A great way of defining the difference between speech and language, is to think about the relationship between a computer and printer. When we want to communicate something, we turn our thoughts into words and sentences that convey our message. We even think about how we are going to say what we want to say; tone, intonation... This is the stage of communication where the brain (the computer) does all of the thinking, planning and organising of what we want to say. These processes are collectively what we refer to as language. In the second stage, the brain (our computer) sends the message to all of the speech mechanisms such as the tongue lips etc... (our printer) to communicate the message.

What causes language difficulties? Like speech difficulties, language difficulties can be the result of a developmental language delay or a language disorder.

Language difficulties are termed delayed generally only in pre-school aged children, if language difficulties are pervasive beyond this age-group, it is termed as a language disorder.

Although often coupled with other learning difficulties, language difficulties can occur in even very bright children who simply can’t quite organise what they want to say.

Language development is a highly complex process and therefore involves a number of different factors. Whilst there is much debate into the many theories of language development and associated difficulties, there are two streams of thought which are well recognised:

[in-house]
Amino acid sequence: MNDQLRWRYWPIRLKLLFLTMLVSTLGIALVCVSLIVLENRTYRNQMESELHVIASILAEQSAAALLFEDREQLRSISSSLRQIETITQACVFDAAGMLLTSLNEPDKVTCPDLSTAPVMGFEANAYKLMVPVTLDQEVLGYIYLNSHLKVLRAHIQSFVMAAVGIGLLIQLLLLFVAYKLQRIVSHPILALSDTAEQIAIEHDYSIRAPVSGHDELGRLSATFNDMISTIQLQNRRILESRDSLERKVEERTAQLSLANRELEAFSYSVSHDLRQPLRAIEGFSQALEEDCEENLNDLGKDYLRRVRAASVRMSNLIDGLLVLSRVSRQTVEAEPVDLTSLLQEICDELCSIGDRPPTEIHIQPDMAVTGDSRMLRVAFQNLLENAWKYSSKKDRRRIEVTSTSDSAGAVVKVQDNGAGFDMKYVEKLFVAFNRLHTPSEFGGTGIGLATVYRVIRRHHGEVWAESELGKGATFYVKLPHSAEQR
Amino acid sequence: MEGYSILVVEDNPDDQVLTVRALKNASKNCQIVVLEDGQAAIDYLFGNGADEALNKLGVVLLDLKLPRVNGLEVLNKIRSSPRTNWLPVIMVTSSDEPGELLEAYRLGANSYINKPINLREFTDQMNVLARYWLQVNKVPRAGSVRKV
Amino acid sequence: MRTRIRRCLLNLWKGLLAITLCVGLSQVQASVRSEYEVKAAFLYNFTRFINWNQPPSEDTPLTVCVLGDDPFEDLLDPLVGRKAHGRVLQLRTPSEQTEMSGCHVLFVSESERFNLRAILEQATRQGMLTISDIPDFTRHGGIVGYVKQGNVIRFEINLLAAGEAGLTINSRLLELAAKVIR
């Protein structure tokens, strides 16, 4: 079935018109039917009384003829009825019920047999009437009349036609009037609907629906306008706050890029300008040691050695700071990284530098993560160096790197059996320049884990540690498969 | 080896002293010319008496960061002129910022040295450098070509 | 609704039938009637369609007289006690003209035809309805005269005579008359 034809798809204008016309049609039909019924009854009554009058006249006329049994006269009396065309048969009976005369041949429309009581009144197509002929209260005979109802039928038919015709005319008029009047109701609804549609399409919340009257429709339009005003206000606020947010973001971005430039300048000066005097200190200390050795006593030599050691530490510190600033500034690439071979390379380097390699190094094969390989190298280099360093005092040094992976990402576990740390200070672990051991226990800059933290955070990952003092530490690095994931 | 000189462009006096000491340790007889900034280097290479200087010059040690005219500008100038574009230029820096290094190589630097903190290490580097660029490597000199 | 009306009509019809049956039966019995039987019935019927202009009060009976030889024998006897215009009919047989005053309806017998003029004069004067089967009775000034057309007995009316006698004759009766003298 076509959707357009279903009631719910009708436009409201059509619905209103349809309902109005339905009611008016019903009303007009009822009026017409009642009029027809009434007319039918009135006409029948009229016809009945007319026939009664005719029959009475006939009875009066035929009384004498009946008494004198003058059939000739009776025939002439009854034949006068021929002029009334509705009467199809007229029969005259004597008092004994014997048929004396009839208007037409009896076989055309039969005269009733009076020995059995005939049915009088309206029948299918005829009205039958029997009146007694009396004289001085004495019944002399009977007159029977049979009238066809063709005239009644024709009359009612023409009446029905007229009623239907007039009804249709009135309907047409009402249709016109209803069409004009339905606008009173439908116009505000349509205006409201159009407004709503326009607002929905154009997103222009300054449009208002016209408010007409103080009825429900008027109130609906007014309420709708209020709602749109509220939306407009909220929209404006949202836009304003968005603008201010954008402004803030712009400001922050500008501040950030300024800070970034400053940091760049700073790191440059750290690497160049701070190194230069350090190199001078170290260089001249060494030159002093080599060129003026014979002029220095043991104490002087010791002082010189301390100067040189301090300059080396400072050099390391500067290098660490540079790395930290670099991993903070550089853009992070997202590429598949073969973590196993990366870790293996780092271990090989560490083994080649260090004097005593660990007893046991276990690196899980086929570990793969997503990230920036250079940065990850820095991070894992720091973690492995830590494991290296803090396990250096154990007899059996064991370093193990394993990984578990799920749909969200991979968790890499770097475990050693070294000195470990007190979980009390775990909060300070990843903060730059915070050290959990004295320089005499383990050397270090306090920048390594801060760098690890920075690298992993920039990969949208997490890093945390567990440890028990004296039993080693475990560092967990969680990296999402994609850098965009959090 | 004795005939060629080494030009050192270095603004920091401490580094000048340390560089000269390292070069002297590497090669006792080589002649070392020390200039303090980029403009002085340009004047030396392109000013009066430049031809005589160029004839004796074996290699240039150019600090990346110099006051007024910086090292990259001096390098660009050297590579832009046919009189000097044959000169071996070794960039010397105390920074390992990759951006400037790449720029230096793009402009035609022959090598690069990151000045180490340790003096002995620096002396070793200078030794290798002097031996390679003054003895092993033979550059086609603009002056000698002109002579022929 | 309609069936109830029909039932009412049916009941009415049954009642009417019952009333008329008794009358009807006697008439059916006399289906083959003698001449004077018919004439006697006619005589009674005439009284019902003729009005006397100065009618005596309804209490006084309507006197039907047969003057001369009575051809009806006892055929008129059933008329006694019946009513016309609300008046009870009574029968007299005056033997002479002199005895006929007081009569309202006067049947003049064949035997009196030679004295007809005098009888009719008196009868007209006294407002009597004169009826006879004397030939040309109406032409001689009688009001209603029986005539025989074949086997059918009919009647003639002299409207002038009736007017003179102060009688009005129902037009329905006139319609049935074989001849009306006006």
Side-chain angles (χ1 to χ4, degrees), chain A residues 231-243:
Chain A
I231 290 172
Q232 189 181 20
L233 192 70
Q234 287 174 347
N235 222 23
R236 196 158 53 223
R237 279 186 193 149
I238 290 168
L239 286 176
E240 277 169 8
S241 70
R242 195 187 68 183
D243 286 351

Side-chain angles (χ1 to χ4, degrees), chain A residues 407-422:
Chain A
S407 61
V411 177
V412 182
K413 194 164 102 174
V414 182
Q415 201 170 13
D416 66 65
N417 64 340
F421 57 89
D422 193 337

• Biological pre-conditions: this refers to a predisposition of language difficulties which may include;
  • Incidence of chronic reoccurring ear infections (fluctuating conductive hearing loss)
  • Genetic link with other family members who have learning/language difficulties
  • Developmental difficulties during pregnancy (and/or birthing complications such as premature birth)
  • Neurological developmental delay
  • Other disorders, impairments or difficulties such as hearing impairments, learning difficulties, brain injury, stroke, intellectual disability and other congenital syndromes.

Environmental pre-conditions: this refers to the surroundings in which a child grows up in and its provision of appropriate models for language (parents/guardians) and social opportunities (playing with siblings and peers) and learning environment (stimulating toys and activities).

However sometimes there is no apparent or direct cause for a language delay. Parents may have provided the best language learning environment possible and there appears to be no pre-disposing factors. This is where much of the current research is being directed.

Language delays may slowly develop with the help of Speech Therapy, some resolving rapidly and some requiring on-going support for a longer period of time. Generally speaking, the younger the child and the more regular the therapy, the more effective the therapy tends to be, resulting in a better long term outcome. Our Speech Pathologists also liaise closely with teachers and other health professionals to provide better overall support and management.